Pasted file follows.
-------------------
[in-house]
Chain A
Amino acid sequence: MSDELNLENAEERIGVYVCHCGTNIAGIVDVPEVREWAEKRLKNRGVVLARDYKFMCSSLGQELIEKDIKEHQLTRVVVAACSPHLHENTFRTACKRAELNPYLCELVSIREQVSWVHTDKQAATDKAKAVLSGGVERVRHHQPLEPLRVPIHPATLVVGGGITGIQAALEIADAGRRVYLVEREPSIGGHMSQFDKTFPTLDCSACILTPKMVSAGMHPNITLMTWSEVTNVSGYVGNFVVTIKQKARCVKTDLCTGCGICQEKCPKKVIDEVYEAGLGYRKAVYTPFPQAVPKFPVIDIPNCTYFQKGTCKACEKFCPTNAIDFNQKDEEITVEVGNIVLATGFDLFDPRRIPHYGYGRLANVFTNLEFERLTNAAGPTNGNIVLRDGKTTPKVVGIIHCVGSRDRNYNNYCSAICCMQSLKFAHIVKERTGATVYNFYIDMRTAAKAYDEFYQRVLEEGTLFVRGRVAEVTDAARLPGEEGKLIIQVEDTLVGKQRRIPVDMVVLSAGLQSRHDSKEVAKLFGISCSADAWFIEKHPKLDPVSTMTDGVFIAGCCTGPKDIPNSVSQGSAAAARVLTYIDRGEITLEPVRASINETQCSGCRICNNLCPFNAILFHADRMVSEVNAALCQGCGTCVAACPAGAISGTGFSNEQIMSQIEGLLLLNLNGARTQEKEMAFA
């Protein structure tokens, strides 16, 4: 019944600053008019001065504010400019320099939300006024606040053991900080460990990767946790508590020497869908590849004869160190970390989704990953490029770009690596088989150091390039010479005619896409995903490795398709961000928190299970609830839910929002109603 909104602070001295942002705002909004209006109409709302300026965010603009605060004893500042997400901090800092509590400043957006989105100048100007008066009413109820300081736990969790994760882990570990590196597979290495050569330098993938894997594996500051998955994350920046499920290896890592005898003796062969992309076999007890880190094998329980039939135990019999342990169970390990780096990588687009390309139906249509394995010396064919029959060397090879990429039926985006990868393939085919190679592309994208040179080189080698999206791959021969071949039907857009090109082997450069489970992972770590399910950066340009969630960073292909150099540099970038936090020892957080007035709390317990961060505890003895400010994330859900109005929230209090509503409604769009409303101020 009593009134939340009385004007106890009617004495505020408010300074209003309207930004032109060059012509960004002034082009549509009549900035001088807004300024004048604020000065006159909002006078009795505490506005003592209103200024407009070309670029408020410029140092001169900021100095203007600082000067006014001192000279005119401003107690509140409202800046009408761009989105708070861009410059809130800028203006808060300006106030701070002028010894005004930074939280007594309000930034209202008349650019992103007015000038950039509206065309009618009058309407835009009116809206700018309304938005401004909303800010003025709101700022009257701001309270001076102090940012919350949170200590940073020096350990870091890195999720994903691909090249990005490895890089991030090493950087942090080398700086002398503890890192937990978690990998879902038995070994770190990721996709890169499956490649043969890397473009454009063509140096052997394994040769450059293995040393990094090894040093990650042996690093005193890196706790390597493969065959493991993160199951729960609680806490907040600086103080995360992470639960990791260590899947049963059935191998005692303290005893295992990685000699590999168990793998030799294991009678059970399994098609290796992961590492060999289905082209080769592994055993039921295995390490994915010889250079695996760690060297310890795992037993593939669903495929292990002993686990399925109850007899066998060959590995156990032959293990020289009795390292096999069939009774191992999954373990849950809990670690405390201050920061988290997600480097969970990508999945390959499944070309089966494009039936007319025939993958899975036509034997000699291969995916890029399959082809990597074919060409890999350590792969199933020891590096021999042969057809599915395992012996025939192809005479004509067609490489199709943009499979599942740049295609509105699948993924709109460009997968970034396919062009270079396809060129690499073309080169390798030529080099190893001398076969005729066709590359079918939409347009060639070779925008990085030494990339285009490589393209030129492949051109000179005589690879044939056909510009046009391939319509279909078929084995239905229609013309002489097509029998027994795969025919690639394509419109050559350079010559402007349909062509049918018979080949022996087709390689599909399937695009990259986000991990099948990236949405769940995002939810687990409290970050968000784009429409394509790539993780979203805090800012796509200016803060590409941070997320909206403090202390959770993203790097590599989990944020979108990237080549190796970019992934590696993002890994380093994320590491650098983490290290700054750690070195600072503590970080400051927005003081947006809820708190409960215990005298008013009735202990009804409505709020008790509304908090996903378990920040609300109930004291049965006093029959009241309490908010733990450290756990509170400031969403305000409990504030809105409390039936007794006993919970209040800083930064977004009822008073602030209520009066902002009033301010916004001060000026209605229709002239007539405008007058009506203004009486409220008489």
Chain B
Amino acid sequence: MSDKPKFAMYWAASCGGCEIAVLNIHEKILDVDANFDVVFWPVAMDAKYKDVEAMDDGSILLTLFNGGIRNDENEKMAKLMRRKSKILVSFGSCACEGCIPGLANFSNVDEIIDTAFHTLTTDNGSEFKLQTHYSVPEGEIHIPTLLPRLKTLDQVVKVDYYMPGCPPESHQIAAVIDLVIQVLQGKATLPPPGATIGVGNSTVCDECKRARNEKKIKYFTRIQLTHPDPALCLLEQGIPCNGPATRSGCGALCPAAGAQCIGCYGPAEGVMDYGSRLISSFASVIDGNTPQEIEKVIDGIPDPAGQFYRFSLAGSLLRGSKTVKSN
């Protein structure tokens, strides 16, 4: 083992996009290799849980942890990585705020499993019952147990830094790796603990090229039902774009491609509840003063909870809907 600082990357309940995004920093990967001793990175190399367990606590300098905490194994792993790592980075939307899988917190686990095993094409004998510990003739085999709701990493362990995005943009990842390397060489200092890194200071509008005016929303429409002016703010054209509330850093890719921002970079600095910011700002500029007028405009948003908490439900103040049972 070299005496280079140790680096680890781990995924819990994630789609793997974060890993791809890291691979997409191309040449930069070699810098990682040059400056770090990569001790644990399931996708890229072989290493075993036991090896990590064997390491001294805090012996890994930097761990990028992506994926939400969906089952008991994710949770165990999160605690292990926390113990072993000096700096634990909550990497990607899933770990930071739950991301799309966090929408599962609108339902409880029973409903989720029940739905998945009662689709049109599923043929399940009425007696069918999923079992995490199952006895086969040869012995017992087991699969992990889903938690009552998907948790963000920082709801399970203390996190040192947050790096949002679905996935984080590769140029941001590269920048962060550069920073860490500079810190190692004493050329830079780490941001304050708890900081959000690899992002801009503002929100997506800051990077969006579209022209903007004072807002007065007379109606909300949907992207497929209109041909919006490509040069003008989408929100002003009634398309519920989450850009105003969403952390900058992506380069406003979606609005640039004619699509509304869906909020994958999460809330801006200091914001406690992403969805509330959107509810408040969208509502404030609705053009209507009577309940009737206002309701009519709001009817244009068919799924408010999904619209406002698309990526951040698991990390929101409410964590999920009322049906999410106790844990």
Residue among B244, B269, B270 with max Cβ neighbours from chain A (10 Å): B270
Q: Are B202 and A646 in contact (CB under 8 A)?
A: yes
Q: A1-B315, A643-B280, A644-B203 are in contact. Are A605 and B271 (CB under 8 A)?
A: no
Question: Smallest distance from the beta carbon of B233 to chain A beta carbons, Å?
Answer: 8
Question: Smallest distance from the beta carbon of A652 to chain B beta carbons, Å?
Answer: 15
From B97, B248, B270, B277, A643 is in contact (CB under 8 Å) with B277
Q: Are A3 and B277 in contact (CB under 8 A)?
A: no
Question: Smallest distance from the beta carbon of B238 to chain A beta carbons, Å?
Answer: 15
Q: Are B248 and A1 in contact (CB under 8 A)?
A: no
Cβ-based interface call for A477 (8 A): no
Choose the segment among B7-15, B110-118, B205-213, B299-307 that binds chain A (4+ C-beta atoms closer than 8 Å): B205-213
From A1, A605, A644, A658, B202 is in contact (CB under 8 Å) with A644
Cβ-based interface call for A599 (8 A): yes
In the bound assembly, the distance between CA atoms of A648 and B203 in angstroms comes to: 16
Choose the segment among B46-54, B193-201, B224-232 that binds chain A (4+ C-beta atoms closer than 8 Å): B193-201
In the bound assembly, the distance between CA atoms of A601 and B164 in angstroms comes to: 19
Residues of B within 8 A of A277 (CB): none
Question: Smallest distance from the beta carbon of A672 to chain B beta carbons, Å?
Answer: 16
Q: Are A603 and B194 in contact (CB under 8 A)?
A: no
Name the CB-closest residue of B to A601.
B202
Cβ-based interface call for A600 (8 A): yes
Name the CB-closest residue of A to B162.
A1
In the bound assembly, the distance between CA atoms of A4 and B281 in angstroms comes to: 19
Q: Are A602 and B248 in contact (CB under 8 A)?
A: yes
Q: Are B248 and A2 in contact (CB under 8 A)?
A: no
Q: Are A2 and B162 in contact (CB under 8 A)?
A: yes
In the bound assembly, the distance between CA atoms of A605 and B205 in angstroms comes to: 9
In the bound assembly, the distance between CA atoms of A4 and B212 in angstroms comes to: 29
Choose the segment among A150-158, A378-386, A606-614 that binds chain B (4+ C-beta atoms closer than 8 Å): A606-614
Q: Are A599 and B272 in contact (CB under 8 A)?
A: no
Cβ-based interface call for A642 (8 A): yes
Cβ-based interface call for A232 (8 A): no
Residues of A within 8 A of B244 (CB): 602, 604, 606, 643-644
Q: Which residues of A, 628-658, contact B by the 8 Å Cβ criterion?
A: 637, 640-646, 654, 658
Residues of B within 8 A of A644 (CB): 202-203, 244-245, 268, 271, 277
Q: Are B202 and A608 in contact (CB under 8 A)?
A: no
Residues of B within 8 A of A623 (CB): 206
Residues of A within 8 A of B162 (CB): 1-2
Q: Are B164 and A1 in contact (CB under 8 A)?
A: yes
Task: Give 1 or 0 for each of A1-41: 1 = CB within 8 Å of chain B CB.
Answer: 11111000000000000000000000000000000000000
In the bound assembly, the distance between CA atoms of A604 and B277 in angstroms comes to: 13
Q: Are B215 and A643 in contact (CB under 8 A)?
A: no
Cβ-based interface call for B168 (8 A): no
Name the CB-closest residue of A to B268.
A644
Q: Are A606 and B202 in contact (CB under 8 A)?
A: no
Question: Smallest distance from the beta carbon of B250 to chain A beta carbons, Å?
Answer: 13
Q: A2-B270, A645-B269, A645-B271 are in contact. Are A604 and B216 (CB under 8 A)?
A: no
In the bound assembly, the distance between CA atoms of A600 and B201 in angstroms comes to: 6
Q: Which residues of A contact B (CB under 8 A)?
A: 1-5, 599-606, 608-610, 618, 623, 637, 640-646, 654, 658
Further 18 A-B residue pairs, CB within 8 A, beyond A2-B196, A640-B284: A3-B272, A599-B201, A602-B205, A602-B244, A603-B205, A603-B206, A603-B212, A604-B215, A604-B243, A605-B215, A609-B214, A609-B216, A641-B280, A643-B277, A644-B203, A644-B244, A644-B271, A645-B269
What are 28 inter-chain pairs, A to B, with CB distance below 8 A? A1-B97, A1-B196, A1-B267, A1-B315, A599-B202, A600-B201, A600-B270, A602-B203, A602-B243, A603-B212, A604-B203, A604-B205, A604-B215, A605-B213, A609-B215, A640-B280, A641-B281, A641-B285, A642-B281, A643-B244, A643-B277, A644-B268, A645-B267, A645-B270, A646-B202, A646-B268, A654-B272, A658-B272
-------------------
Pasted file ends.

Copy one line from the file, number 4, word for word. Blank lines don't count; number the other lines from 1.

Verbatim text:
């Protein structure tokens, strides 16, 4: 019944600053008019001065504010400019320099939300006024606040053991900080460990990767946790508590020497869908590849004869160190970390989704990953490029770009690596088989150091390039010479005619896409995903490795398709961000928190299970609830839910929002109603 909104602070001295942002705002909004209006109409709302300026965010603009605060004893500042997400901090800092509590400043957006989105100048100007008066009413109820300081736990969790994760882990570990590196597979290495050569330098993938894997594996500051998955994350920046499920290896890592005898003796062969992309076999007890880190094998329980039939135990019999342990169970390990780096990588687009390309139906249509394995010396064919029959060397090879990429039926985006990868393939085919190679592309994208040179080189080698999206791959021969071949039907857009090109082997450069489970992972770590399910950066340009969630960073292909150099540099970038936090020892957080007035709390317990961060505890003895400010994330859900109005929230209090509503409604769009409303101020 009593009134939340009385004007106890009617004495505020408010300074209003309207930004032109060059012509960004002034082009549509009549900035001088807004300024004048604020000065006159909002006078009795505490506005003592209103200024407009070309670029408020410029140092001169900021100095203007600082000067006014001192000279005119401003107690509140409202800046009408761009989105708070861009410059809130800028203006808060300006106030701070002028010894005004930074939280007594309000930034209202008349650019992103007015000038950039509206065309009618009058309407835009009116809206700018309304938005401004909303800010003025709101700022009257701001309270001076102090940012919350949170200590940073020096350990870091890195999720994903691909090249990005490895890089991030090493950087942090080398700086002398503890890192937990978690990998879902038995070994770190990721996709890169499956490649043969890397473009454009063509140096052997394994040769450059293995040393990094090894040093990650042996690093005193890196706790390597493969065959493991993160199951729960609680806490907040600086103080995360992470639960990791260590899947049963059935191998005692303290005893295992990685000699590999168990793998030799294991009678059970399994098609290796992961590492060999289905082209080769592994055993039921295995390490994915010889250079695996760690060297310890795992037993593939669903495929292990002993686990399925109850007899066998060959590995156990032959293990020289009795390292096999069939009774191992999954373990849950809990670690405390201050920061988290997600480097969970990508999945390959499944070309089966494009039936007319025939993958899975036509034997000699291969995916890029399959082809990597074919060409890999350590792969199933020891590096021999042969057809599915395992012996025939192809005479004509067609490489199709943009499979599942740049295609509105699948993924709109460009997968970034396919062009270079396809060129690499073309080169390798030529080099190893001398076969005729066709590359079918939409347009060639070779925008990085030494990339285009490589393209030129492949051109000179005589690879044939056909510009046009391939319509279909078929084995239905229609013309002489097509029998027994795969025919690639394509419109050559350079010559402007349909062509049918018979080949022996087709390689599909399937695009990259986000991990099948990236949405769940995002939810687990409290970050968000784009429409394509790539993780979203805090800012796509200016803060590409941070997320909206403090202390959770993203790097590599989990944020979108990237080549190796970019992934590696993002890994380093994320590491650098983490290290700054750690070195600072503590970080400051927005003081947006809820708190409960215990005298008013009735202990009804409505709020008790509304908090996903378990920040609300109930004291049965006093029959009241309490908010733990450290756990509170400031969403305000409990504030809105409390039936007794006993919970209040800083930064977004009822008073602030209520009066902002009033301010916004001060000026209605229709002239007539405008007058009506203004009486409220008489």